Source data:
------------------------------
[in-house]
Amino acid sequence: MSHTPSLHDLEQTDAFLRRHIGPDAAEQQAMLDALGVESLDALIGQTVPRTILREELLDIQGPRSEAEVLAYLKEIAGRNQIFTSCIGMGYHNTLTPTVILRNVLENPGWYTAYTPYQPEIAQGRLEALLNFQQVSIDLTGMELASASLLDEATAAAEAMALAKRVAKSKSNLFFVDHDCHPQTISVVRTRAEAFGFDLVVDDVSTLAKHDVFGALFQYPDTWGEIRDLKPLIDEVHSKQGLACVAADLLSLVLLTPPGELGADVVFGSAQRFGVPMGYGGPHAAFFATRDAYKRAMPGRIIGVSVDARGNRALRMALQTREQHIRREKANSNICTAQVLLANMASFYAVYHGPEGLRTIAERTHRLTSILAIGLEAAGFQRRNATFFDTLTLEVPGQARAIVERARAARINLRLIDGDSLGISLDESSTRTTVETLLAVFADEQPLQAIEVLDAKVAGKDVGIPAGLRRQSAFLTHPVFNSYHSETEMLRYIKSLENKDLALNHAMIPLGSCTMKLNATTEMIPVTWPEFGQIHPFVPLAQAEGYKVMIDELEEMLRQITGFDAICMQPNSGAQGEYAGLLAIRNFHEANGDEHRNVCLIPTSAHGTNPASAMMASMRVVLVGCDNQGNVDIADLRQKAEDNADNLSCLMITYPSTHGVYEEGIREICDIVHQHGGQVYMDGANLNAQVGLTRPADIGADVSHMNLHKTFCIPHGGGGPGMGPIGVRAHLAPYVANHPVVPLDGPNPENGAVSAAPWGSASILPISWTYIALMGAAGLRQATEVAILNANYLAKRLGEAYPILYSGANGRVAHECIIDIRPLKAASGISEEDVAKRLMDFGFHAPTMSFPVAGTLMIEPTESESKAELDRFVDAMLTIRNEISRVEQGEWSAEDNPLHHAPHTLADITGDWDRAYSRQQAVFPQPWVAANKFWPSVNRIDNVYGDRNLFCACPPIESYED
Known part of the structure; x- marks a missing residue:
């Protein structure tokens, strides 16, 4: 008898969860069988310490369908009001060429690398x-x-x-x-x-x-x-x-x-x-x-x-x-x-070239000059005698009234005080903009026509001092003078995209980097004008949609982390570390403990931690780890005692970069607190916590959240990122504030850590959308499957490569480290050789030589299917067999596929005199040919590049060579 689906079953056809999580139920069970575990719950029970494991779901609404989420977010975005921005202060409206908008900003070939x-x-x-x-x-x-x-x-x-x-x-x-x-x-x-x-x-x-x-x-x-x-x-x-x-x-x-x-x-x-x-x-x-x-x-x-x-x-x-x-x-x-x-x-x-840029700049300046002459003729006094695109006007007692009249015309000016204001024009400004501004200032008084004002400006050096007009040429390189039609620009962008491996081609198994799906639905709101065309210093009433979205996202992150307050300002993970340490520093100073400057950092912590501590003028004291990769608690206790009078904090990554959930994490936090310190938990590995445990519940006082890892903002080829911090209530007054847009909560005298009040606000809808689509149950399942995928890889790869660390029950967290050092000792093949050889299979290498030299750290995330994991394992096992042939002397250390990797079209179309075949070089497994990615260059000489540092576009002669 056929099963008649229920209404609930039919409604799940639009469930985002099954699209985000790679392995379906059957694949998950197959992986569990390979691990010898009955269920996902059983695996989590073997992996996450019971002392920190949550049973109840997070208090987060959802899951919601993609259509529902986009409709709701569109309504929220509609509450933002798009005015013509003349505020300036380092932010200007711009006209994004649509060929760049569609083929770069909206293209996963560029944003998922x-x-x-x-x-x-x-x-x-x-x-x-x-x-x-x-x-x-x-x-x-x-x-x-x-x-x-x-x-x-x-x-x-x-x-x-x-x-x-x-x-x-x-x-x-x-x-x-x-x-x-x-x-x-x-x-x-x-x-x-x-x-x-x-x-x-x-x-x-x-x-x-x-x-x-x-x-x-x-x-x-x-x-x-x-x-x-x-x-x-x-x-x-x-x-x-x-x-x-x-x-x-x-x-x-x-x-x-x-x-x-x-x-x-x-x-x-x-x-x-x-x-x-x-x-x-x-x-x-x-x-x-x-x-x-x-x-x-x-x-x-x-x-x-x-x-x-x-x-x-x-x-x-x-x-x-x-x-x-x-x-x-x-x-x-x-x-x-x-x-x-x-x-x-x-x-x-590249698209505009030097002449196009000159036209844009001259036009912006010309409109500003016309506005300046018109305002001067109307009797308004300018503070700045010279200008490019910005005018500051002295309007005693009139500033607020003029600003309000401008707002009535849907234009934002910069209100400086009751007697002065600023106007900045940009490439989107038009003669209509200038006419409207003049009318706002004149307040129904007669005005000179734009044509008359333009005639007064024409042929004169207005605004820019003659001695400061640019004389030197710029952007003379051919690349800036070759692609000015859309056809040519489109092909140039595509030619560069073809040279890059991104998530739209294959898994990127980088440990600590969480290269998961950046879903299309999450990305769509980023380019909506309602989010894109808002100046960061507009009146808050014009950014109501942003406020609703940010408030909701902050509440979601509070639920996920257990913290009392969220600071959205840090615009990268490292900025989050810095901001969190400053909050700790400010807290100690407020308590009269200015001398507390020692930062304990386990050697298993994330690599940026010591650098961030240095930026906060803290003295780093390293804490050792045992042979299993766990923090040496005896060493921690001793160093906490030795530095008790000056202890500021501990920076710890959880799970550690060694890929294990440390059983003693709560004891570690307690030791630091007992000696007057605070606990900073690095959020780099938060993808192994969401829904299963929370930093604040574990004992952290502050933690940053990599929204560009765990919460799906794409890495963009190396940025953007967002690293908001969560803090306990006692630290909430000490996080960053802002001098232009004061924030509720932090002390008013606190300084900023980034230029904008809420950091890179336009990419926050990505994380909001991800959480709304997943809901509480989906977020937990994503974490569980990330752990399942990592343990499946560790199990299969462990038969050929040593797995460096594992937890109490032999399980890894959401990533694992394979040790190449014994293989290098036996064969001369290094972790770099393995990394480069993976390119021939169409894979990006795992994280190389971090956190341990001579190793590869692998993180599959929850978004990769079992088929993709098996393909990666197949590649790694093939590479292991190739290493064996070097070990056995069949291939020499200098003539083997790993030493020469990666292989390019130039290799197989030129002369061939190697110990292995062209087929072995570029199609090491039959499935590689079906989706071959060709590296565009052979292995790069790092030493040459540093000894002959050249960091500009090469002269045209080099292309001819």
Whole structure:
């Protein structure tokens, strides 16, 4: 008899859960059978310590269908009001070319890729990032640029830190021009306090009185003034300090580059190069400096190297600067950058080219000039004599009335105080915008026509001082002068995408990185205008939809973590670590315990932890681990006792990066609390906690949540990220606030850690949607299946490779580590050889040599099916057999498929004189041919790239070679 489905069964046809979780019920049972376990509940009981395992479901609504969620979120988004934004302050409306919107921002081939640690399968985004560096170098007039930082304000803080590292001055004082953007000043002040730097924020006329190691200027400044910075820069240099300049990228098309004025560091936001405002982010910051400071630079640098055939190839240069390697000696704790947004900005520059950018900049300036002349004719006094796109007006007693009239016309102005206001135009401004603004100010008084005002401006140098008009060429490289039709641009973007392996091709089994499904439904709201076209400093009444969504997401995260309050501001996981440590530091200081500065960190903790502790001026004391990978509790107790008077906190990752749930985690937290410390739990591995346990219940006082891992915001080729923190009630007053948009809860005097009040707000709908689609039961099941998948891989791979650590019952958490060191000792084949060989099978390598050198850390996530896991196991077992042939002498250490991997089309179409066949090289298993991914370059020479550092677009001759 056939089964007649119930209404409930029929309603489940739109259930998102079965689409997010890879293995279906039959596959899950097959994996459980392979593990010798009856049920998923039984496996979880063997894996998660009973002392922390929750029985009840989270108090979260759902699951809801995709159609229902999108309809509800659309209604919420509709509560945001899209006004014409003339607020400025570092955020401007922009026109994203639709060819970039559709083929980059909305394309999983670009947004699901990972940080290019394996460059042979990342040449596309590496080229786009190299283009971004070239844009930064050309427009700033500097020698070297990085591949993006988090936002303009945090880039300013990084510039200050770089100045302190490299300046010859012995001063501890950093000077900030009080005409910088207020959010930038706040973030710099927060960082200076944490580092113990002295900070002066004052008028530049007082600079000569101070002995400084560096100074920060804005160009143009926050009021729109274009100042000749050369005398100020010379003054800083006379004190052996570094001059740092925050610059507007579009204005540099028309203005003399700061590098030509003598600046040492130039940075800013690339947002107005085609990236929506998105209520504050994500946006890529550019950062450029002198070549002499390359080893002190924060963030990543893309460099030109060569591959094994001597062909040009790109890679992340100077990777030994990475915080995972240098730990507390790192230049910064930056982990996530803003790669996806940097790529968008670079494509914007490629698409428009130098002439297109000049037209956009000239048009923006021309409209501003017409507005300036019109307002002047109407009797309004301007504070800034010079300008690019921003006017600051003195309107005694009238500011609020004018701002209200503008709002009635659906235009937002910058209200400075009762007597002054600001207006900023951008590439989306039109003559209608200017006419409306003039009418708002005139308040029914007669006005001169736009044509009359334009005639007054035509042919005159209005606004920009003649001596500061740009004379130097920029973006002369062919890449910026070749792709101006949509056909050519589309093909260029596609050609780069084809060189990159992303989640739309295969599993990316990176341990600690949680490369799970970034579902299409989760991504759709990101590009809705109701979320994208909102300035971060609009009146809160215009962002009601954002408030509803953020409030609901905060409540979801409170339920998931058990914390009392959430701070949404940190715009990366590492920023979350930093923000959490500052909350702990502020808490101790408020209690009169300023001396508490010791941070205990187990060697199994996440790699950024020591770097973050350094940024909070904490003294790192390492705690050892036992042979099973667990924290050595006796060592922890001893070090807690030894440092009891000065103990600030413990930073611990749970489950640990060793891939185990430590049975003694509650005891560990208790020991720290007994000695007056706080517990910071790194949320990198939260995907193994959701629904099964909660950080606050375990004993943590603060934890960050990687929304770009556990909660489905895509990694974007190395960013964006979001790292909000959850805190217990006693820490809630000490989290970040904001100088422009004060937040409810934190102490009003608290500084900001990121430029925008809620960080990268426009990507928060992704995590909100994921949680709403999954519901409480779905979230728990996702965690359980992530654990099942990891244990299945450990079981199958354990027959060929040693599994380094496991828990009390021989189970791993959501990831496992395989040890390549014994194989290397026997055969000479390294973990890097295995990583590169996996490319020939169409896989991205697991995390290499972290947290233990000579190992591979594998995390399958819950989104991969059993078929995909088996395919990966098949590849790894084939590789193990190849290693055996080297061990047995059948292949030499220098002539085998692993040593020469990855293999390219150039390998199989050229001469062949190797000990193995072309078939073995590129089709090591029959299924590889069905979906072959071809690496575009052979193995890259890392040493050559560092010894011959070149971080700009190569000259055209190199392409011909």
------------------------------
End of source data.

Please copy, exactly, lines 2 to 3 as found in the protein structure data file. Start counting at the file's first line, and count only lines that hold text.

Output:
Amino acid sequence: MSHTPSLHDLEQTDAFLRRHIGPDAAEQQAMLDALGVESLDALIGQTVPRTILREELLDIQGPRSEAEVLAYLKEIAGRNQIFTSCIGMGYHNTLTPTVILRNVLENPGWYTAYTPYQPEIAQGRLEALLNFQQVSIDLTGMELASASLLDEATAAAEAMALAKRVAKSKSNLFFVDHDCHPQTISVVRTRAEAFGFDLVVDDVSTLAKHDVFGALFQYPDTWGEIRDLKPLIDEVHSKQGLACVAADLLSLVLLTPPGELGADVVFGSAQRFGVPMGYGGPHAAFFATRDAYKRAMPGRIIGVSVDARGNRALRMALQTREQHIRREKANSNICTAQVLLANMASFYAVYHGPEGLRTIAERTHRLTSILAIGLEAAGFQRRNATFFDTLTLEVPGQARAIVERARAARINLRLIDGDSLGISLDESSTRTTVETLLAVFADEQPLQAIEVLDAKVAGKDVGIPAGLRRQSAFLTHPVFNSYHSETEMLRYIKSLENKDLALNHAMIPLGSCTMKLNATTEMIPVTWPEFGQIHPFVPLAQAEGYKVMIDELEEMLRQITGFDAICMQPNSGAQGEYAGLLAIRNFHEANGDEHRNVCLIPTSAHGTNPASAMMASMRVVLVGCDNQGNVDIADLRQKAEDNADNLSCLMITYPSTHGVYEEGIREICDIVHQHGGQVYMDGANLNAQVGLTRPADIGADVSHMNLHKTFCIPHGGGGPGMGPIGVRAHLAPYVANHPVVPLDGPNPENGAVSAAPWGSASILPISWTYIALMGAAGLRQATEVAILNANYLAKRLGEAYPILYSGANGRVAHECIIDIRPLKAASGISEEDVAKRLMDFGFHAPTMSFPVAGTLMIEPTESESKAELDRFVDAMLTIRNEISRVEQGEWSAEDNPLHHAPHTLADITGDWDRAYSRQQAVFPQPWVAANKFWPSVNRIDNVYGDRNLFCACPPIESYED
Known part of the structure; x- marks a missing residue: